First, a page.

Scheduled Monument

Learable Hill,stone rows,circles,cross-marked stone & settlementsSM1803

Status: Designated


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The legal document available for download below constitutes the formal designation of the monument under the Ancient Monuments and Archaeological Areas Act 1979. The additional details provided on this page are provided for information purposes only and do not form part of the designation. Historic Environment Scotland accepts no liability for any loss or damages arising from reliance on any inaccuracies within this additional information.


Date Added
Last Date Amended
Supplementary Information Updated
Crosses and carved stones: cross-incised stone, Prehistoric ritual and funerary: cairn (type uncertain); stone circle or ring; stone rows, Secular: settlement, including deserted and depopulated and townships
Local Authority
NC 89220 23829
289220, 923829


The monument consists of 4 groups of stones arranged upright in rows, 2 stone circles, a cross-marked stone, 4 hut circles and the deserted township of Learable. One of the stone circles and the cross-marked stone were first scheduled in 1934, but an inadequate area was included to protect all of the archaeological remains on the hillside: the present rescheduling rectifies this.

The stone rows are situated on the SE spur of Learable Hill. None of the rows appears to be complete and many of the stones are buried by the peat. The southernmost group consists of 6 rows of stones c.22m in length, set in a fan-shaped arrangement with the apex of the fan to the NNW pointing to the brow of the spur. The second group comprises 3 parallel rows of stones aligned WNW-ESE and measuring c.12m in length. To the S of this group are 2 parallel rows of stones, aligned E-W and measuring c.38m in length. They are accompanied to the NE by 3 shorter rows of stones.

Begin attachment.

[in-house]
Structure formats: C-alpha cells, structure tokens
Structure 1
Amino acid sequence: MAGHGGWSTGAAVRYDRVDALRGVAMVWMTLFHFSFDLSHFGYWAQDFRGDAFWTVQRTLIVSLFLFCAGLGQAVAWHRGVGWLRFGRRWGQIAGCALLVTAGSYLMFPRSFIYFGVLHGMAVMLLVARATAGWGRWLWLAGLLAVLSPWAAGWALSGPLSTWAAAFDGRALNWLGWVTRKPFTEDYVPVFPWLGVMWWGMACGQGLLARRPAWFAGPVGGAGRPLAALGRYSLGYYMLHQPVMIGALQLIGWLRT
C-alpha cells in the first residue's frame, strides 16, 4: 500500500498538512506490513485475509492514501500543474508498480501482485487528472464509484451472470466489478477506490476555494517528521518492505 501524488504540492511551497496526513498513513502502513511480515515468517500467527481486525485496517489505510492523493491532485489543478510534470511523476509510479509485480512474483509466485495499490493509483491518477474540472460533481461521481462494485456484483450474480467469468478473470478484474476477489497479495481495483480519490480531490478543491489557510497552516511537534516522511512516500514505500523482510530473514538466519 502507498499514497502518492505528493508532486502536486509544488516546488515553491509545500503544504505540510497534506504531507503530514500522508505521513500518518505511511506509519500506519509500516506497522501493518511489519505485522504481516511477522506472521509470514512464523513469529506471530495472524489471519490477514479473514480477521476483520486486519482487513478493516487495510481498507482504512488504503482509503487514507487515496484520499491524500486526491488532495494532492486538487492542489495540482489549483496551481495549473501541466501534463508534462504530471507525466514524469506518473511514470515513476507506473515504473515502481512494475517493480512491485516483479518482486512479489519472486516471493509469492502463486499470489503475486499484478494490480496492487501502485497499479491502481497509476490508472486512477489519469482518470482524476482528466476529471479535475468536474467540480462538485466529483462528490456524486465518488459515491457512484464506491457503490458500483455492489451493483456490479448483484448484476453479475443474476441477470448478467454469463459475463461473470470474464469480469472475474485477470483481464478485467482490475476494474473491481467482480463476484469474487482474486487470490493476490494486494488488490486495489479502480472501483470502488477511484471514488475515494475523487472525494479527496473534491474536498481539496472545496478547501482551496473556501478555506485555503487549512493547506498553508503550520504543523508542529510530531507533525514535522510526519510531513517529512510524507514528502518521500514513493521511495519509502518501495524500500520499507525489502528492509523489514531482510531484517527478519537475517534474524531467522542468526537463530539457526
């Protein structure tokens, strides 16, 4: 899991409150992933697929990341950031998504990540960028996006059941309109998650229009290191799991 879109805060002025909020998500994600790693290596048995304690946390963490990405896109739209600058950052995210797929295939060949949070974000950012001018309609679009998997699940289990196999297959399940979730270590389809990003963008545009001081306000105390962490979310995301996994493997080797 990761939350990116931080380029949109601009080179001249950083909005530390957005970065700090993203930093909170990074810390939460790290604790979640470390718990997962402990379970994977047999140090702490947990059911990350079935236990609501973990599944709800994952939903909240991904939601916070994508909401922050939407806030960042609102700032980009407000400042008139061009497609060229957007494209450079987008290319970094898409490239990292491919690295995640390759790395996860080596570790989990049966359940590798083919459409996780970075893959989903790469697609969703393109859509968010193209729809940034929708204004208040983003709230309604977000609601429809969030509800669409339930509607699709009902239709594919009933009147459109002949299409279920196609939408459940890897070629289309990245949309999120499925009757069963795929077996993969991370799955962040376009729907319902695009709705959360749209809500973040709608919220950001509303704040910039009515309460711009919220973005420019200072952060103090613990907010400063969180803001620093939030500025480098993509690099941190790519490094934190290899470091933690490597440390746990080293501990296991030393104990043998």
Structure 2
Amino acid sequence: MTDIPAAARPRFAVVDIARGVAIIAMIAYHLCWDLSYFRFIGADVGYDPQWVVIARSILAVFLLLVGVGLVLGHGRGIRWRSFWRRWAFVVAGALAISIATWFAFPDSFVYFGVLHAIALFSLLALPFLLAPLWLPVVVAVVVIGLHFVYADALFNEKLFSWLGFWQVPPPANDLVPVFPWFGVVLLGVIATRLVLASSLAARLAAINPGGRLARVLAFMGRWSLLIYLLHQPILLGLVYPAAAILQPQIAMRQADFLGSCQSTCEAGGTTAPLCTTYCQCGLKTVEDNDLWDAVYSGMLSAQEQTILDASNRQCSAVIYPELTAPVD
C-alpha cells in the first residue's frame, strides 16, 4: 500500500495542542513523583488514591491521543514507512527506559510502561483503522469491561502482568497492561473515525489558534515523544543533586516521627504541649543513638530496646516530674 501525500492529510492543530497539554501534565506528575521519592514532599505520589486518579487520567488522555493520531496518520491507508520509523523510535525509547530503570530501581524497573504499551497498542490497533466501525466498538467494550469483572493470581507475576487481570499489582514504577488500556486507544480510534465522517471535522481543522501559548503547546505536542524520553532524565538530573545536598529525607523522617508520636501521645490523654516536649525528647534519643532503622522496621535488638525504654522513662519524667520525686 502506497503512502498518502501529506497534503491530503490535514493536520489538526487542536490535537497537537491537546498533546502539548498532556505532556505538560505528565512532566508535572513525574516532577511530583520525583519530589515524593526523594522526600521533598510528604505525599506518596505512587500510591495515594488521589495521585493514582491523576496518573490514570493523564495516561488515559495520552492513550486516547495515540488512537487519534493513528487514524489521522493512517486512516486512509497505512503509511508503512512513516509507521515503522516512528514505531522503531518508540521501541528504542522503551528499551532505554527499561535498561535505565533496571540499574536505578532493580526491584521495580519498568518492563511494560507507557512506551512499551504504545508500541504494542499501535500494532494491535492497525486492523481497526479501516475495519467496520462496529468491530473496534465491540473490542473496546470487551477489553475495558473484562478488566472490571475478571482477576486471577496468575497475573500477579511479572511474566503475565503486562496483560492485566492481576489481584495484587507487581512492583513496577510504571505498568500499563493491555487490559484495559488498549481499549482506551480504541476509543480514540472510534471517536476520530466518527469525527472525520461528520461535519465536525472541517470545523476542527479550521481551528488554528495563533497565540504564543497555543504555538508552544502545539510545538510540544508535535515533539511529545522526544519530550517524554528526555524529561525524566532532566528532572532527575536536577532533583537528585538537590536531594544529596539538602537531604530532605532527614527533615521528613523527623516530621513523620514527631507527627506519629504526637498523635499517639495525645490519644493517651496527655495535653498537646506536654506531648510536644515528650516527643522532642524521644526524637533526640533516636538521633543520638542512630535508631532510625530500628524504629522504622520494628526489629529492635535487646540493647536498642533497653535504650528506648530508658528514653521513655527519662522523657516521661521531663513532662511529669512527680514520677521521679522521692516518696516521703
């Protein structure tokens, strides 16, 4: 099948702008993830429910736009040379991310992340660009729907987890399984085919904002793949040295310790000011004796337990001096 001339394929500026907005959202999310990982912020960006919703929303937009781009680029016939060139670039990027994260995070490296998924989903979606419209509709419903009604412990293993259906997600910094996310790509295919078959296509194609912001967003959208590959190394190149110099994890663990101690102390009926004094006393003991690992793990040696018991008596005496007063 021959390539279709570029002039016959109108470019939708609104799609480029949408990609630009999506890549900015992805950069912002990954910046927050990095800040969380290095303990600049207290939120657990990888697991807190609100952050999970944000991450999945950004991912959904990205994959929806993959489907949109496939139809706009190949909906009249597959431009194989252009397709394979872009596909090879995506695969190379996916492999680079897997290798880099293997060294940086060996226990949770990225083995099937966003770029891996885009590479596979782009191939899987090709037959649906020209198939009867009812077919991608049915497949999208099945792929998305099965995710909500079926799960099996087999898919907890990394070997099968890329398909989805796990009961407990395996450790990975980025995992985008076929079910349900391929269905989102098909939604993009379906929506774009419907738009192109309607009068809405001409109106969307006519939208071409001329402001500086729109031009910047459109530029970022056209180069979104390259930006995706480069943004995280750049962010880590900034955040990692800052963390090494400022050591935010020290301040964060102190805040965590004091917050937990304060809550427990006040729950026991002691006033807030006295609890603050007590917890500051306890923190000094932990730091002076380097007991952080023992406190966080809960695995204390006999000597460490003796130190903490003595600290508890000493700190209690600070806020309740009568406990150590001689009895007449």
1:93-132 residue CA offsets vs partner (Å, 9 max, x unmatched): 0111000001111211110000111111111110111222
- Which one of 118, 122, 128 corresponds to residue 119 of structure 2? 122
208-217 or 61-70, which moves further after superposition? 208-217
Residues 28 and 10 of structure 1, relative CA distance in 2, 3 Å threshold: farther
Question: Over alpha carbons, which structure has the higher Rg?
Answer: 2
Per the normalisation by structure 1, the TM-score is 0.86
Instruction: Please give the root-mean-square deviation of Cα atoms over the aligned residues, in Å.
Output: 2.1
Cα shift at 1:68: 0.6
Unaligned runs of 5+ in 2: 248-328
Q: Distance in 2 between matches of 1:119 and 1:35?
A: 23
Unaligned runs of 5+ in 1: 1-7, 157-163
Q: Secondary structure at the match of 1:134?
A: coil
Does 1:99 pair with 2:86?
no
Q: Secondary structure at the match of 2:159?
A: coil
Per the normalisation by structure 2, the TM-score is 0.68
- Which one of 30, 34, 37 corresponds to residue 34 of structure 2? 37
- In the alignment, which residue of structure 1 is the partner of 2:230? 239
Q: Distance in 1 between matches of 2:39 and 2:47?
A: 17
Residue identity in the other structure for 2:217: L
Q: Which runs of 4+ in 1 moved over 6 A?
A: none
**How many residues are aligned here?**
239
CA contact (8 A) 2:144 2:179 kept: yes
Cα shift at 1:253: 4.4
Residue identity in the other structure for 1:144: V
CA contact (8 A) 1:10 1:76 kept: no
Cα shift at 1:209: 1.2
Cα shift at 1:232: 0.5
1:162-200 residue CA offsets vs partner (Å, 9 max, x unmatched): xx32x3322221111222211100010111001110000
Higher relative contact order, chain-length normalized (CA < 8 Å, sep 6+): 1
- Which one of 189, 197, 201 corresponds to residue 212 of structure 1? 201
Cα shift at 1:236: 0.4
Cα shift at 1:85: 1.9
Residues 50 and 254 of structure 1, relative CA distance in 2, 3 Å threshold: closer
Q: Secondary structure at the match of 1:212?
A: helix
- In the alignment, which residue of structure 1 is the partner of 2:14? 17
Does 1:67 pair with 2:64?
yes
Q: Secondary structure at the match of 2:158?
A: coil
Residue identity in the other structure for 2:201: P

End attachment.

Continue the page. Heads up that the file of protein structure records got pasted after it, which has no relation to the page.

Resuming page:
A cross-marked stone stands on the SE spur of Learable Hill. It is c.1.6m high and c.1m in breadth. It faces E-W and has a plain Latin cross inscribed on its upper W face.

An elliptical stone circle lies on level ground c.90m WNW of the cross- marked stone. The circle is made up of 7 stones, none higher than 0.5m, and there is at least one recumbent stone. The circle measures 20m from NE to SW by 17.5m transversely. A second stone setting. perhaps the remains of a circle, lies c.550m NNE of the one described above. It is made up of 3 boulders, one of which is decorated with cup and ring marks. Another boulder with about 16 cup marks lies c.40m SE of the circle.

A cairn lies c.30m W of the cross-marked stone. It measures c.11.8m in diameter and is c.0.8m high. This cairn was excavated in 1886 and was found to contain a cinerary urn, some jet beads and a Middle Bronze Age razor. The excavation was never back-filled and a large cap stone has been tipped into it.

Some 250mm NNW of the second stone circle and cup marked rocks lie 4 hut-circles, a field system and an extensive spread of small cairns. A number of linear clearance banks are also visible amongst the small cairns including the interrupted NE, NW and SW sides of a large sub-rectangular field which encloses an area of 110m by 110m. 3 of the hut circles lie within this field while the fourth lies by itself c.250m to the E. Towards the top of the hill there is a row of 3 drystone shooting butts running along the contour.

Some 200m W of the cross-marked stone, stone circle and stone rows lie 3 more hut circles and an associated minor field system. The field system comprises small cairns, clearance dykes and terraces.